factor of 5 (FIVE). As I consider this unacceptable, I looked for other
Unfortunately, you cannot just disable double-buffering. If you
do, Windows 3.1 in enhanced mode will not work, and you might even
destroy the contents of your hard disk by trying to run Windows 3.1.
What you can do is one of the following:
1. Use other drivers that provide double-buffering. It is my
opinion that the unbelievable slowness in Smartdrive is caused
either by horribly inefficient double-buffering, or by a bug in
2. Use a driver that provides "VDS" services ("VDS" stands for
"Virtual DMA Services"). This is a standard, which is supported
by Windows 3.1, that allows bus-mastering disk controllers (like
the 1542) to work with Windows.
After trashing my hard disk countless times, I found the following
solutions, none of which require using Smartdrive (note, however, that I
am now getting occasional parity errors, which are probably *NOT* caused
by these solutions, but might be -- see below). While the following
does not require Smartdrive, using some kind of disk cache utility is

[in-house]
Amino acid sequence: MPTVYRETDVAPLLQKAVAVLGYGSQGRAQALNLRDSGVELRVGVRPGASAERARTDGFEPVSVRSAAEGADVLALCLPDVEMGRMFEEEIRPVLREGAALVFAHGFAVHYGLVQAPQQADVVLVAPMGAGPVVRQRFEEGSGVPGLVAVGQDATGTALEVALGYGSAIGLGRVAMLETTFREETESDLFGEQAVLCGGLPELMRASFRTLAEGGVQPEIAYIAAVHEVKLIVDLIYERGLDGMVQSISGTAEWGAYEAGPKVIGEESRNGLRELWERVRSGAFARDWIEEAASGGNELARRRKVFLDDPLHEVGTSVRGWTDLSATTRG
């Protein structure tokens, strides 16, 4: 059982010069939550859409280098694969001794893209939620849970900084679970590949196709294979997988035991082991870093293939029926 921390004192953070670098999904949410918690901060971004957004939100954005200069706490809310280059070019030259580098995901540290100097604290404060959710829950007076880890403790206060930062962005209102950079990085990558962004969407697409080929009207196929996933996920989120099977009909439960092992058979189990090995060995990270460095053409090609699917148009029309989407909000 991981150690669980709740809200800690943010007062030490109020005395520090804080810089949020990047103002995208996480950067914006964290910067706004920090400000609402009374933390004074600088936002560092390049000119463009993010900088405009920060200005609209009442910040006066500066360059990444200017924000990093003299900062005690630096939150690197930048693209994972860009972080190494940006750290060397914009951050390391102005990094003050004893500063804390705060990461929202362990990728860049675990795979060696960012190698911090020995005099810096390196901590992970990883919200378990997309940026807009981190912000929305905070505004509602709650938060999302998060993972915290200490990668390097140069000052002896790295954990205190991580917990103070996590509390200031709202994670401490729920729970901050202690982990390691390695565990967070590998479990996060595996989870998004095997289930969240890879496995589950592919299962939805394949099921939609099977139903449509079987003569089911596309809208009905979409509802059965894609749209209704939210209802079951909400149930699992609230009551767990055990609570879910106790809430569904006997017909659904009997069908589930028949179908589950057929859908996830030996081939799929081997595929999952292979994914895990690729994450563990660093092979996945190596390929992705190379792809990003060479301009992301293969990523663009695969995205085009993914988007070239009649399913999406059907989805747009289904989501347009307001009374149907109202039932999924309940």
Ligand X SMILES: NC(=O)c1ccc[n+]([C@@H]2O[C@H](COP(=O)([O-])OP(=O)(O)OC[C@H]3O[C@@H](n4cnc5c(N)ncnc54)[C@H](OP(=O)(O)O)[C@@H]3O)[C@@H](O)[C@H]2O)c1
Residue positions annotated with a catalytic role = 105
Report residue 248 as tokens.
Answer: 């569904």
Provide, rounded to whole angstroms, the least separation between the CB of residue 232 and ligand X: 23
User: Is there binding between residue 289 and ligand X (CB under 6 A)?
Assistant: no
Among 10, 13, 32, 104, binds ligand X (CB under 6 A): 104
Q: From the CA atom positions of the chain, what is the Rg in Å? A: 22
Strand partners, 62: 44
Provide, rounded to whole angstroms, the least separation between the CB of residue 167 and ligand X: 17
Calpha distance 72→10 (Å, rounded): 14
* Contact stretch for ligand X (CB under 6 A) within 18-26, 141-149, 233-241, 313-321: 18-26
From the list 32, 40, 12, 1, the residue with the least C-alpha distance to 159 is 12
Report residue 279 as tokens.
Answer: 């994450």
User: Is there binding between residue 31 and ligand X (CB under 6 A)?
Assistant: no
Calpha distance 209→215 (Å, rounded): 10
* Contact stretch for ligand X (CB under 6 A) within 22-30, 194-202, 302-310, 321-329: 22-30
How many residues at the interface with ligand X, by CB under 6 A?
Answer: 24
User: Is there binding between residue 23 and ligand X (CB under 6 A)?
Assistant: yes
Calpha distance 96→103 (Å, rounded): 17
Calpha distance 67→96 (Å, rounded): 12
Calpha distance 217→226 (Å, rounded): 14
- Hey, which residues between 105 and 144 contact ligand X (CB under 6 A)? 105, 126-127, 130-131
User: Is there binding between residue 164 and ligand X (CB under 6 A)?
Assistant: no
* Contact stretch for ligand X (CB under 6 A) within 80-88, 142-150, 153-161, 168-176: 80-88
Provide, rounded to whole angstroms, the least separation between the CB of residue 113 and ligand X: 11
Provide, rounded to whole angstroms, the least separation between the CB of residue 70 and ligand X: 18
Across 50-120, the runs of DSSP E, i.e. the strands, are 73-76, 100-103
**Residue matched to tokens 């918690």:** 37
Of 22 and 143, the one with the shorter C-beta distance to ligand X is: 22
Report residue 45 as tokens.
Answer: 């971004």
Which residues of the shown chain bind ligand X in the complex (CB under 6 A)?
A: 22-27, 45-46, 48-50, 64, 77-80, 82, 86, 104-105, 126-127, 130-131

strongly recommended, as this makes Windows run much, much faster:
1. If you do not have the ASPI4DOS.SYS driver, or you do not need ASPI
functions (for controlling a CDROM, tape drive, more than two
physical hard disks, etc.), you can add the SCSIHA.SYS driver to your
CONFIG.SYS file, e.g.:
(Windows needs the "/V386" option.) This driver MUST be loaded into
LOW memory (it cannot be loaded into high memory), and it occupies
about 16-20K. As of November 1992, the SCSIHA.SYS driver could be
obtained from the Adaptec BBS at (408)-945-7727 (hopefully, it's
2. If you need ASPI functions and have the ASPI4DOS.SYS driver, version
3.0 or 3.0a, you can use both the ASPI4DOS.SYS and SCSIHA.SYS drivers
in your CONFIG.SYS file, e.g.:
Amazingly enough, the SCSIHA.SYS driver can also be loaded high
(assuming you have DOS 5.0); I would have thought that this would
crash my system, but it doesn't. I asked Adaptec's technical support
about this, and they said that loading SCSIHA.SYS high should be fine
as long as ASPI4DOS.SYS is loaded LOW.